Here’s a quick recap of what happened at the Chilmark joint selectmen-FinCom meeting on Tuesday:
- New finance committee (FinCom) member and retired Tufts engineering professor Robert Hannemann was voted onto FinCom. He takes the seat vacated by Jim Malkin, who became a selectman earlier this year, and had a year remaining in his term. Mr. Hannemann was the only nominee.
- The meeting also included a COLA (cost of living adjustment) discussion for town employee salaries, with a minimum of 1 percent and a max of 3 percent discussed.
- Selectmen raised the ongoing issue over the cost-sharing between the towns for the UIRSD (bit.ly/UIRSD). Jim Malkin said he feels that “the issue is being driven by West Tisbury representatives to the UIRSD who are concerned at the cost borne by the West Tisbury taxpayers.” Mr. Malkin feels the issue is district-wide costs, and the decisions should be made upon “what is in the best interest of the district” and the best interest of quality education. Task forces in both West Tisbury and Chilmark have been analyzing costs borne by the three up-Island schools as a way to determine the best formula for sharing costs.
- Mr. Malkin stressed how important it was that Chilmark have a FinCom member as an observer at the UIRSD meetings. FinCom member Susan Murphy has been attending meetings, but due to a personal matter she has been unable to attend regularly.
- West Tisbury residents will gather at a special town meeting on Monday, Dec. 5, at 7:30. Chilmark executive secretary Tim Carroll went through each of eight warrant articles, and FinCom voted either to recommend or not recommend each article that is to go before special town meeting on Dec. 5. (This is standard procedure before all town meetings.) All six FinCom members voted unanimously to recommend on all eight articles.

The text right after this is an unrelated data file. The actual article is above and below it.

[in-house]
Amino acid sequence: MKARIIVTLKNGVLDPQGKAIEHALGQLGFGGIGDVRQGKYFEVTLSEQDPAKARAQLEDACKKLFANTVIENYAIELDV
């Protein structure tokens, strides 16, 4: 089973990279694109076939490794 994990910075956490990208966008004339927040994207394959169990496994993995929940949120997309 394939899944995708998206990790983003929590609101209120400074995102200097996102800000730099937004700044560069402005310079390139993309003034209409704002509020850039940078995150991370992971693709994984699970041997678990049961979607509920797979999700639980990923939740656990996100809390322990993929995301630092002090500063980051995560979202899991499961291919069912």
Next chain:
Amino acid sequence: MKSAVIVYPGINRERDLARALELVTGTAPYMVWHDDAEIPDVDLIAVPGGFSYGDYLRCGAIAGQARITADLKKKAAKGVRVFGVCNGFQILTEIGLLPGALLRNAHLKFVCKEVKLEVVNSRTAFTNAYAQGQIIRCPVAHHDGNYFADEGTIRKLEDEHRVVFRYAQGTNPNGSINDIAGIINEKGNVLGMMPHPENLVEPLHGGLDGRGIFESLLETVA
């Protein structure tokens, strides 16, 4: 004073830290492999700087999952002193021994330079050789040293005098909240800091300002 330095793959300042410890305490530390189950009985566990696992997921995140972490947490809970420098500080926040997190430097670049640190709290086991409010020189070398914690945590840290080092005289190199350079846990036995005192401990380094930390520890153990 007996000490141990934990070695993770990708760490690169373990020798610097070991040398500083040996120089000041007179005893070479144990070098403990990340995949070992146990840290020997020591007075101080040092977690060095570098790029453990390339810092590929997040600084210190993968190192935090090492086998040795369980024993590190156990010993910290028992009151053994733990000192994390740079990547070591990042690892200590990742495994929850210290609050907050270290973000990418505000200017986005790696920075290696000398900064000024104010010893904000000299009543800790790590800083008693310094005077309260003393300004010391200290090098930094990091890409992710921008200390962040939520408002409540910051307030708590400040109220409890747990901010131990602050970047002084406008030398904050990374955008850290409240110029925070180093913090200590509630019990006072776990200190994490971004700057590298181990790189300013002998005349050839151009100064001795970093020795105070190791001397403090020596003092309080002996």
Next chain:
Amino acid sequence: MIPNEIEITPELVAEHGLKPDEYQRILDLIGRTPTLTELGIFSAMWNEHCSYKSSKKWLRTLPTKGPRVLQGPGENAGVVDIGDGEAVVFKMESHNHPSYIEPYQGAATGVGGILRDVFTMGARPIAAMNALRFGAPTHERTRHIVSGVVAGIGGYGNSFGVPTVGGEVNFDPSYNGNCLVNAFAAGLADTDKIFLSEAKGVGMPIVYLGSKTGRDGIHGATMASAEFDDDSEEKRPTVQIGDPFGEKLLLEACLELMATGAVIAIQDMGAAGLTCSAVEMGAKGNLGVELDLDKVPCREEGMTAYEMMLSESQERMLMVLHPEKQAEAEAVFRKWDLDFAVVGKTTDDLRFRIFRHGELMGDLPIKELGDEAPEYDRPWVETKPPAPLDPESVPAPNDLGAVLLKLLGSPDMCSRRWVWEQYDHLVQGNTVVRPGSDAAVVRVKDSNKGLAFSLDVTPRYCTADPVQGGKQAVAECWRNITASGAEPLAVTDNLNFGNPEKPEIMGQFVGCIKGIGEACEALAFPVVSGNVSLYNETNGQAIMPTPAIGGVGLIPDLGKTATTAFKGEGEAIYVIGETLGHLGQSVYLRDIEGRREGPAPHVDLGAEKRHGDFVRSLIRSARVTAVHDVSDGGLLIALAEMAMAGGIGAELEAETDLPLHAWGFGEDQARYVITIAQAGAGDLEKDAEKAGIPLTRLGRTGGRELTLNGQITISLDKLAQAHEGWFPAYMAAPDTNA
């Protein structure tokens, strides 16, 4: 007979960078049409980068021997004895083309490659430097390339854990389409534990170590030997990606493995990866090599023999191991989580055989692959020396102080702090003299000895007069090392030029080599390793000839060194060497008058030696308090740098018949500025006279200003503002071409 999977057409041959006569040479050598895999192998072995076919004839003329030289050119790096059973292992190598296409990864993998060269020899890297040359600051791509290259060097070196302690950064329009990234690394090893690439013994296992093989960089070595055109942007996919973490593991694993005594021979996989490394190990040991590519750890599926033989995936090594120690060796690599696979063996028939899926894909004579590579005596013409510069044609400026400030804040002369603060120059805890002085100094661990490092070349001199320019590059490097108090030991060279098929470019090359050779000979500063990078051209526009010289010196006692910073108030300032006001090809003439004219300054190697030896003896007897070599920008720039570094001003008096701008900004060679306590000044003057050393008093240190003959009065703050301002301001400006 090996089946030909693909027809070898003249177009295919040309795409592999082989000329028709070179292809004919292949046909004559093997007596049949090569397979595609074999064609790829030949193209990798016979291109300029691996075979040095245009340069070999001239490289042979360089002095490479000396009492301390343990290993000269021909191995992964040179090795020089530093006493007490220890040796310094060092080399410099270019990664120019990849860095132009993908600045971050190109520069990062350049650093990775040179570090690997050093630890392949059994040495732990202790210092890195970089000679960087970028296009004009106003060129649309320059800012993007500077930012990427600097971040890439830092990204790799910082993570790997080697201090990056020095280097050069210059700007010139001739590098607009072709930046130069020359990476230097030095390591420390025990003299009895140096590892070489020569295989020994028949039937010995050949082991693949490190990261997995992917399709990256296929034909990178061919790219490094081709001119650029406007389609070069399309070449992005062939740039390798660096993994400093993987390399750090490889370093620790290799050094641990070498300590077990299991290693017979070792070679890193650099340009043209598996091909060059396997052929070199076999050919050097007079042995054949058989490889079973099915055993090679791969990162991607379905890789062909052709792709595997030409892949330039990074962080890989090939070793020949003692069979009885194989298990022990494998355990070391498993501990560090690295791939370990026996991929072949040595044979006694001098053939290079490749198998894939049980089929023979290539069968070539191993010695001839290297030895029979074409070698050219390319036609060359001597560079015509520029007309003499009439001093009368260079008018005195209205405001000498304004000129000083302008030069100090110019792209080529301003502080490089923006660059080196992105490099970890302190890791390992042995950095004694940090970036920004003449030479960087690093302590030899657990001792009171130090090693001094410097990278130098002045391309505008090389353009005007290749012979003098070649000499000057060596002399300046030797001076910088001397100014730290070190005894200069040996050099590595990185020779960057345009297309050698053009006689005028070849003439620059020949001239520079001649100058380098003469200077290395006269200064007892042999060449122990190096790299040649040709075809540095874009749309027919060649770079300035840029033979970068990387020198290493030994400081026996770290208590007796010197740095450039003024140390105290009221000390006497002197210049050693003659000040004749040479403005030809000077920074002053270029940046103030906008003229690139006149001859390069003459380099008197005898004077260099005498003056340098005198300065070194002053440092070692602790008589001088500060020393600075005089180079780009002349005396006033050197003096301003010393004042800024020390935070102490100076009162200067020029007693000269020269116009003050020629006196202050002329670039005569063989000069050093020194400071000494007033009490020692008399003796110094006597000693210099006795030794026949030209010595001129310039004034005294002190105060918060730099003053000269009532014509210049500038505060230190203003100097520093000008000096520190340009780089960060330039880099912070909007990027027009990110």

Chilmark selectmen have finalized eight warrant articles that represent a cost of $150,622. Several articles focus on alleviating traffic headaches in Menemsha next summer by improving the satellite parking option on Tabor House Road and upgrading signage.
The two largest requests are $50,000 each for a state-required town property revaluation for fiscal year 2018, and for the relocation of the revetment stones and the installation of pilings to anchor the temporary tie-up floating dock.
Property revaluations used to be required every three years, but state law now requires that the revaluations be done every five years.
Art. 1: $50,000 for tax re-evaluation of Chilmark properties
Art. 2: $7,372 for temporary youth services coverage in library summer 2016
Art. 3: $7,650 for repeater channel for public safety radios at Peaked Hill
Art. 4: $9,600 for electric low-speed vehicle or UTV for police use in Menemsha
Art. 5: $50,000 for relocation of revetment stones and installation of pilings to anchor temporary floating dock
Art. 6: $15,000 for improvements to Menemsha Park & Ride lot
Art. 7: $3,000 for improved signage, pavement markings, and vegetation management along Menemsha town roads
Art. 8: $8,000 for repair or replacement of Chilmark town hall chimney
The requested amount for the temporary dock was originally $35,000, but selectmen felt that number was too low. “If we find we can do it for less money, we can make an amendment on the town meeting floor to get it back down to $35 [thousand], but tonight we’re going to set it at $50,000,” selectman Warren Doty said.